Articles Posted in Doctor-Patient Relationship

anxietykid-150x150Americans live such nerve-wracking, glum, stressful lives that not only young people but also adults up to age 65 would benefit from regular screening during their doctor visits for anxiety and depression.

That’s the draft recommendation, newly issued and up for public comment, by the U.S. Preventive Services Task Force, an independent, blue-ribbon group that provides influential guidance to the federal government on medical tests and treatments.

As the New York Times and other media outlets have reported, the task force recommendations on anxiety and depression screening for most regular folks in this country were in the works before the coronavirus pandemic hit. The advisory has only taken on greater urgency as the pandemic worsened what already were grave concerns about the nation’s mental health.

catholicmedicalcenter-300x123He cut a dashing figure in ads and billboards for a New England community hospital, which had an administration desperate for a lucrative heart care program in a region  with famous academic medical centers. Dr. Yvon Baribeau, a Canadian-trained heart surgeon, seemed a perfect fit for the Catholic Medical Center, a place where he told colleagues he practically lived because he became one of the institution’s best-paid and busiest specialists.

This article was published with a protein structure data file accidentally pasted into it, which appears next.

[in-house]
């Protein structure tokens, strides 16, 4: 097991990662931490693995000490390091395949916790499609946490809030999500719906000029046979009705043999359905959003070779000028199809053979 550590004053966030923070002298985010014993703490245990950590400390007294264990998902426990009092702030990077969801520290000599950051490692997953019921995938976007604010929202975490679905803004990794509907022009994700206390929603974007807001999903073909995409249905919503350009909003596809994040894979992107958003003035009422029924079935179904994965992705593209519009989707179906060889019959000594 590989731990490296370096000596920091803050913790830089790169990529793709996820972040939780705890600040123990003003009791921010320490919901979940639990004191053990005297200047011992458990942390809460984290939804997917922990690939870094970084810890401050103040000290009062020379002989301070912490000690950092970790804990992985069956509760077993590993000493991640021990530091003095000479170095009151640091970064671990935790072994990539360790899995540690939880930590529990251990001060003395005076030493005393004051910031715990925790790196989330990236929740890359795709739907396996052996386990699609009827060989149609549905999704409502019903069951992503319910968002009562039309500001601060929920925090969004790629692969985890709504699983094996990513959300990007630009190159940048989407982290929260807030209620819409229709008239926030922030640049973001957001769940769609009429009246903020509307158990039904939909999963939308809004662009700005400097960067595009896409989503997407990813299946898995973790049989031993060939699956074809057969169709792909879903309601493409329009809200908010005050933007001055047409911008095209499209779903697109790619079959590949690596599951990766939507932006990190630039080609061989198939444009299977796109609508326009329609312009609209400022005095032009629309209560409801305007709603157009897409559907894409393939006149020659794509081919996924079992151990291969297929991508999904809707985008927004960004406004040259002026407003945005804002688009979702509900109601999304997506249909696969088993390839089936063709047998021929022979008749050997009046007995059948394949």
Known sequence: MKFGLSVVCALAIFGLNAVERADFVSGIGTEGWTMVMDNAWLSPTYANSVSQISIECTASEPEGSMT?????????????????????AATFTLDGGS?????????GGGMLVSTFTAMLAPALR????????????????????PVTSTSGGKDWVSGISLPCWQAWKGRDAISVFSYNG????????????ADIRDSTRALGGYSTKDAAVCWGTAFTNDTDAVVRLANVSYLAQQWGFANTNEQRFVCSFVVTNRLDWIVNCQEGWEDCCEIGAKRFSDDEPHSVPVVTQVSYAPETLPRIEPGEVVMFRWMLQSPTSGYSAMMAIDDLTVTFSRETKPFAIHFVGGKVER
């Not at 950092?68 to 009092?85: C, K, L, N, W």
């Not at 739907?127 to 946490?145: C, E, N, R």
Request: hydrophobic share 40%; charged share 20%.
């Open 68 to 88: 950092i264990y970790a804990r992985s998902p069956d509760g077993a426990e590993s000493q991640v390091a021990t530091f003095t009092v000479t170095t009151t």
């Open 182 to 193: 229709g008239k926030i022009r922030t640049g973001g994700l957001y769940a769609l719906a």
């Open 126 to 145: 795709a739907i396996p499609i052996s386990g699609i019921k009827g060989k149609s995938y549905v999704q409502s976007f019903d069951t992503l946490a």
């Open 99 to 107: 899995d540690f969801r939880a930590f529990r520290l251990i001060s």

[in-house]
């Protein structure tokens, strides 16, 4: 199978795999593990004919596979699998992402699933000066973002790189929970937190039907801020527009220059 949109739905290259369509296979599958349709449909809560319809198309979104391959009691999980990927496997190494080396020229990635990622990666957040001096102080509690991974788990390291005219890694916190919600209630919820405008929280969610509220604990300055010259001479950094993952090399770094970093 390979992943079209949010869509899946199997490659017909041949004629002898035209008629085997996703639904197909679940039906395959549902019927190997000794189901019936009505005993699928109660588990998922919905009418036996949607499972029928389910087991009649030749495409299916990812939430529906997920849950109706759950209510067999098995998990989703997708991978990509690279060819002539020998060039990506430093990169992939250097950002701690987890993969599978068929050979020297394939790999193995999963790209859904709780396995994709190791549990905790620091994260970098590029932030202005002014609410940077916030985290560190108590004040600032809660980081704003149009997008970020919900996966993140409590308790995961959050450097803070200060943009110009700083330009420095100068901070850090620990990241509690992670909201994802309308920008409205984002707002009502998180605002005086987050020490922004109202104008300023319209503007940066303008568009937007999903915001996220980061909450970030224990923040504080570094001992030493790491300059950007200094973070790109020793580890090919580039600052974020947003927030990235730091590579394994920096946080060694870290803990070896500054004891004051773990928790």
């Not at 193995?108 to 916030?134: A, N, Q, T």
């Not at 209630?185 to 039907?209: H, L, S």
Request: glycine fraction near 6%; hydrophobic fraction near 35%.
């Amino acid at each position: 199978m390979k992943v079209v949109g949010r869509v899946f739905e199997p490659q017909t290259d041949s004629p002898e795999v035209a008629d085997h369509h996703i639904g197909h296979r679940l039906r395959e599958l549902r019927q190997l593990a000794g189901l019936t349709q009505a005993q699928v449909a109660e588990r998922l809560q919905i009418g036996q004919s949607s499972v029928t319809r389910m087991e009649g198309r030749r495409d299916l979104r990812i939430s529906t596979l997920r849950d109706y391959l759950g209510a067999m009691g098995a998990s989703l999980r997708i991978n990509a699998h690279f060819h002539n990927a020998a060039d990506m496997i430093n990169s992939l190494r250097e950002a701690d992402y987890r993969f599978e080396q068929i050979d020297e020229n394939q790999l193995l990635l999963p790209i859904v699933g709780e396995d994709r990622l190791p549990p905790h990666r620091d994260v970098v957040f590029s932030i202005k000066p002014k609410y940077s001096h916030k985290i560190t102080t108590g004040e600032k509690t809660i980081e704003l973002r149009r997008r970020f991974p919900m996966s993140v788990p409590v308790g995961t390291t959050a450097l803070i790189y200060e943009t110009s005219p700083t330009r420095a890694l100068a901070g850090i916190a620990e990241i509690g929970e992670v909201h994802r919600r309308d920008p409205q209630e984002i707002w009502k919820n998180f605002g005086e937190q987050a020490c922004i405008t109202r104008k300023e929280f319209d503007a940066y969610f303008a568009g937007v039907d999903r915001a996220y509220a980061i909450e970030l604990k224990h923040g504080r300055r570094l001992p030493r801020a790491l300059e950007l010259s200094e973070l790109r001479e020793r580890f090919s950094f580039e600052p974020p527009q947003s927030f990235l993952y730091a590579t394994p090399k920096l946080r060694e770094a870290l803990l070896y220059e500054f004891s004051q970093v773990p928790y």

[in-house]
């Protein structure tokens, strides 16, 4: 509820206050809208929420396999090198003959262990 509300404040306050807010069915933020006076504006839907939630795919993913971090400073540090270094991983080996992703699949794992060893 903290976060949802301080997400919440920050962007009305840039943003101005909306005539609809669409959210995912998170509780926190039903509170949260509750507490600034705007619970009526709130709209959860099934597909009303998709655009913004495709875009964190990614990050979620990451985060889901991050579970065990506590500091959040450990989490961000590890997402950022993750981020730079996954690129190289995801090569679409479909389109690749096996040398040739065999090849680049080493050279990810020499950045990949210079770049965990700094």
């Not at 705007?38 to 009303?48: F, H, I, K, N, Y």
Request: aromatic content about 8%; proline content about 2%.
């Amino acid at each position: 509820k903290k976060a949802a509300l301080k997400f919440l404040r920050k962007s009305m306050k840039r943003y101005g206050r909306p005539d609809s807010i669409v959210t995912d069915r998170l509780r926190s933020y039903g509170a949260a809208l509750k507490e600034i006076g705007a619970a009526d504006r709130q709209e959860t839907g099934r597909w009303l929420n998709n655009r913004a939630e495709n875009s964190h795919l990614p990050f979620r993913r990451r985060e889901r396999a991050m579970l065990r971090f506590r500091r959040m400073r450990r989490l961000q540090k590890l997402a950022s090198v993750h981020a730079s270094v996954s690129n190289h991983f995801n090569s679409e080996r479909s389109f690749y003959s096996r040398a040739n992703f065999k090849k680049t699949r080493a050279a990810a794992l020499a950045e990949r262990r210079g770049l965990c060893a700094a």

He earned more than $1 million annually, and just one of his many operations brought in $200,000 to CMS before Baribeau suddenly retired at age 63.

What patients and the public didn’t know about the much-promoted surgeon was his shocking mistreatment of patients in a variety of ways, a notoriously poor medical performance that the Boston Globe has reported made him the holder of “one of the worst surgical malpractice records among all physicians in the United States.”